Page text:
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Flashcards in Stroke Deck (14):
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What are the causes of intra cerebral haemorrhage?

Hypertensive small vessel disease (deep small vessels)
Congophilic amyloid angiopathy (superficial/peripheral vessels)
Blood disorders
Tumour
Vasculitis
Vascular malformation (arteriovenous malformations)
Drugs
Iatrogenic (following biopsy)

1

What are the common regions of the brain susceptible to hypertensive haemorrhage (vessels with hyaline arteriolosclerosis)?

Basal ganglia/thalamus
Lobar white matter (deep)
Cerebellum
Pons

2

What is cerebral amyloid angiopathy?

Deposition of Abeta amyloid in the walls of superficial supratentorial blood vessels - associated with Alzheimer's disease. Vessels are liable to rupture - - results in superficial haemorrhages - often recurrent

3

How do cerebral haemorrhages due to coagulopathies usually present and how are these different to hypertensive haemorrhages

With coagulopathies (ie leukaemias) you can see multiple focal haemorrhages at the same time which would be very rare for other causes of intracerebral haemorrhages

4

What are some common causes of subarachnoid haemorrhagic?

Trauma
Rupture of aneurysms
- saccular (Berry)
- mycotic (infective)
- atherosclerotic
Extension of intracerebral haemorrhage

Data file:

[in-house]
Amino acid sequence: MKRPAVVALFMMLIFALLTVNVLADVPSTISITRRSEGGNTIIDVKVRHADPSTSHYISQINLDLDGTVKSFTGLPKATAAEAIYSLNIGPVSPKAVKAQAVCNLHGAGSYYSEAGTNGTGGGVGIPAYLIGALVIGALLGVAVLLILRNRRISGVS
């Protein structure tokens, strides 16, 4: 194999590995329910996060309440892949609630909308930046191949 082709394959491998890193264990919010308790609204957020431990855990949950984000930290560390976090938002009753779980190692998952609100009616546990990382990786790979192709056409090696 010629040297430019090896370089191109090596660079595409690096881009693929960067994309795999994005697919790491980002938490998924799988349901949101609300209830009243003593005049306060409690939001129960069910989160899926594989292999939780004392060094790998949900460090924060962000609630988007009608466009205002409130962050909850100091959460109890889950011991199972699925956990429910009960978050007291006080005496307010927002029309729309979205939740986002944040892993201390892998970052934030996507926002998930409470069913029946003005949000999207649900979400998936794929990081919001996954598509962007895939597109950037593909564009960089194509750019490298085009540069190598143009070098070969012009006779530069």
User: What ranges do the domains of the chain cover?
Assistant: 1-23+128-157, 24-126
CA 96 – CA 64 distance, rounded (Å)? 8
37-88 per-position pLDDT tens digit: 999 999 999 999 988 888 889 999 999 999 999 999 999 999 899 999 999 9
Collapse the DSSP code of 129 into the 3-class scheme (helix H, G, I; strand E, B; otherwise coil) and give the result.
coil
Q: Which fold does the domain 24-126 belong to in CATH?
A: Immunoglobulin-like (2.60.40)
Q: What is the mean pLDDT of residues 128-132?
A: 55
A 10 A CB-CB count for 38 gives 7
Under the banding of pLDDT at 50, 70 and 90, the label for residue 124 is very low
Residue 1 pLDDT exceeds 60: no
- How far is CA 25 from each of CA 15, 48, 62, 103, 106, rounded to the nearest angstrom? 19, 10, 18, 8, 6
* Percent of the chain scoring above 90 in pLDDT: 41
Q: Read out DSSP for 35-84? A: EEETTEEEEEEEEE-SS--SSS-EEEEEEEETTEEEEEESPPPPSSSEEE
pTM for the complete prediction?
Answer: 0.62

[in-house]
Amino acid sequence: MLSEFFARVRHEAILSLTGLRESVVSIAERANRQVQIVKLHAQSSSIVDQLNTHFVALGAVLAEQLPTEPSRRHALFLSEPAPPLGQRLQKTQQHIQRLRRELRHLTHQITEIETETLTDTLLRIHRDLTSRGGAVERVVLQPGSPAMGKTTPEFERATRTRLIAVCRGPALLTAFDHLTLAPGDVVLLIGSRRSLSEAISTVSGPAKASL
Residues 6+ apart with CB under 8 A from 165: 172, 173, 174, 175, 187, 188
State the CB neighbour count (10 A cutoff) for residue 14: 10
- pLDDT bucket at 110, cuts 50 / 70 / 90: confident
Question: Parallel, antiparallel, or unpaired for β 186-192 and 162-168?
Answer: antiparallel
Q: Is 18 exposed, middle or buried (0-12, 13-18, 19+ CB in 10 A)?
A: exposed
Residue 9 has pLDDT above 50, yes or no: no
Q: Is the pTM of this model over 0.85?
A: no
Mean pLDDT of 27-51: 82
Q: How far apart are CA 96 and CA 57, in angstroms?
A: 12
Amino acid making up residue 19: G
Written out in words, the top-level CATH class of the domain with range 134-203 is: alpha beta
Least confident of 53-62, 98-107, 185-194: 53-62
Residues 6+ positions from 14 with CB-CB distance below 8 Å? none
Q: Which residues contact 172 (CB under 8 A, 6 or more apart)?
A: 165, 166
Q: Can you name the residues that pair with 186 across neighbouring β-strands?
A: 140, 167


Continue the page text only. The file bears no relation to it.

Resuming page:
5

What are the risk factors for saccular/berry aneurysms?

Sex (more common in females)
Increasing age
PCOS
Coarctation of aorta (congenital narrowing)
Type 3 collagen deficiency
Hypertension
Smoking
Alcohol

6

Where do saccular aneurysms commonly occur in the brain?

Sites of congenital weakness (arterial bifurcations)
- bi/trifurcation of MCA
- junction of ICA and post communicating
-anterior communicating artery (1/3rd)

7

Are saccular aneurysms more common in the anterior or posterior circulations?

Anterior

8

What are the complications of aneurysm rupture?

Subarachnoid haemorrhage (+/- intraparenchymal
Cerebral oedema and raised ICP
Vasospasm and infarction
Obstruction of ventricles -> hydrocephalus

9

What are the risk factors for stroke?

Ageing
Hypertension
Cardiac disease (AF, patent interstitial septum, HF)
Hyperlipidaemia
Diabetes mellitus
Hypercoagulable states
Smoking
Obesity

10

What are the 2 main causes of lacunae infarcts?

Small vessel disease:
Hypertensive (hyaline arteriolosclerosis) - deep vessels
Congophilic amyloid angiopathy (superficial supratentorial vessels)

11

What are the early macroscopic signs if cerebral infarction?

Cytotoxic oedema -> swelling (increased ICP) and risk of hernia toon
Loss of white/grey matter demarcation

12

Days to weeks after cerebral infarction what would you expect to see?

Reduced swelling
Liquifactive necrosis
Sharply demarcated infarct

13

Months to years following a stroke what would you expect to see macroscopically in a brain?

Cystic space - Liquifactive necrosis has been phagocytosed